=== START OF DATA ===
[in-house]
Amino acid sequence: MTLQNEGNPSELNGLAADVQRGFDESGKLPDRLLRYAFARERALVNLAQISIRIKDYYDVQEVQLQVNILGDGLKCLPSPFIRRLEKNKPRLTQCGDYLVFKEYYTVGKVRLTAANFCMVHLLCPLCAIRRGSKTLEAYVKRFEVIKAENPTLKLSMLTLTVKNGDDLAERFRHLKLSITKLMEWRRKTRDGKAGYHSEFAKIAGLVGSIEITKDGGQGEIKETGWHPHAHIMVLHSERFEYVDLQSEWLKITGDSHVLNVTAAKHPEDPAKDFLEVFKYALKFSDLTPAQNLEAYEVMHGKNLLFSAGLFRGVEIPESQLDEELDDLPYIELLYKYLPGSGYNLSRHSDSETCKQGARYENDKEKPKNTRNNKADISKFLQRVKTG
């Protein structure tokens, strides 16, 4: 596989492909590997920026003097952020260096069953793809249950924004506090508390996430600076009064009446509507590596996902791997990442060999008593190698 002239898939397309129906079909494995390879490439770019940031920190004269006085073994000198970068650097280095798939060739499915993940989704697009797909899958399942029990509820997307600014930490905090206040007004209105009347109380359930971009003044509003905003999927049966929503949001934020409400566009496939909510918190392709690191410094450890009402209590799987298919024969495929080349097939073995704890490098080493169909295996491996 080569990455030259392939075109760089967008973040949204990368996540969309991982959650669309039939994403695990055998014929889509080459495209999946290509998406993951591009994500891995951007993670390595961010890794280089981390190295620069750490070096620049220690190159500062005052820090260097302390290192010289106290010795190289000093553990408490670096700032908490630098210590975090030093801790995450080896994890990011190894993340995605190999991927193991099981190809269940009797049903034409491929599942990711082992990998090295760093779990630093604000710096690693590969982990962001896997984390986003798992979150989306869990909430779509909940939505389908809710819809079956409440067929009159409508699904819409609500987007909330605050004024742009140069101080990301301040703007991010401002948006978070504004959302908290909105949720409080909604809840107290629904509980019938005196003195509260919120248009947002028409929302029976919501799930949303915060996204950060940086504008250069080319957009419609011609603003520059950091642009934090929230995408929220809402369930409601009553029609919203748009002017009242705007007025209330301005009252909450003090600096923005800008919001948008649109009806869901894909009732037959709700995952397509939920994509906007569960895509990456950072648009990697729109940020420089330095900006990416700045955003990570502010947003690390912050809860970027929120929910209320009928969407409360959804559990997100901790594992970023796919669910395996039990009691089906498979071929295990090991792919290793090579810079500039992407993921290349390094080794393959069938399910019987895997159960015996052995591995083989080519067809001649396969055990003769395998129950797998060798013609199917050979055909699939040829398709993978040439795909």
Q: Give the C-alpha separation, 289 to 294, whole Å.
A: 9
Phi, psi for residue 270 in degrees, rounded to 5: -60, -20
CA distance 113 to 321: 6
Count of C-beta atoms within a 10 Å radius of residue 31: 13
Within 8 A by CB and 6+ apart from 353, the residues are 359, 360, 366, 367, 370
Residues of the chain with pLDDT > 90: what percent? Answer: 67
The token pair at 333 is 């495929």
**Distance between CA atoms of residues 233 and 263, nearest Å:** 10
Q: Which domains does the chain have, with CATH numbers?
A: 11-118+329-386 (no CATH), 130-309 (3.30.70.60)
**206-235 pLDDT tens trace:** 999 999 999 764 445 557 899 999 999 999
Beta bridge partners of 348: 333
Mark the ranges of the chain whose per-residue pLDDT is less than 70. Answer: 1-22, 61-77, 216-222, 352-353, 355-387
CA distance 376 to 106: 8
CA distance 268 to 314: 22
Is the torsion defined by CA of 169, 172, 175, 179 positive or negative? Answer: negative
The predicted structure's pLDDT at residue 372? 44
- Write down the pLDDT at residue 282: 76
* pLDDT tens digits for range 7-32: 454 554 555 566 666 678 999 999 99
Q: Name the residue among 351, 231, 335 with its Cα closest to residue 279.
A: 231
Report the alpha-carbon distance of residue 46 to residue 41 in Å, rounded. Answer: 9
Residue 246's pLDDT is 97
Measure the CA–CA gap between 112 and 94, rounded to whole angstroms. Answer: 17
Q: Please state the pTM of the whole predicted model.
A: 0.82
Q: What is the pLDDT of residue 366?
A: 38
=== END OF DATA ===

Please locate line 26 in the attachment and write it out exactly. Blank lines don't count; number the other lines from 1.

Report the alpha-carbon distance of residue 46 to residue 41 in Å, rounded. Answer: 9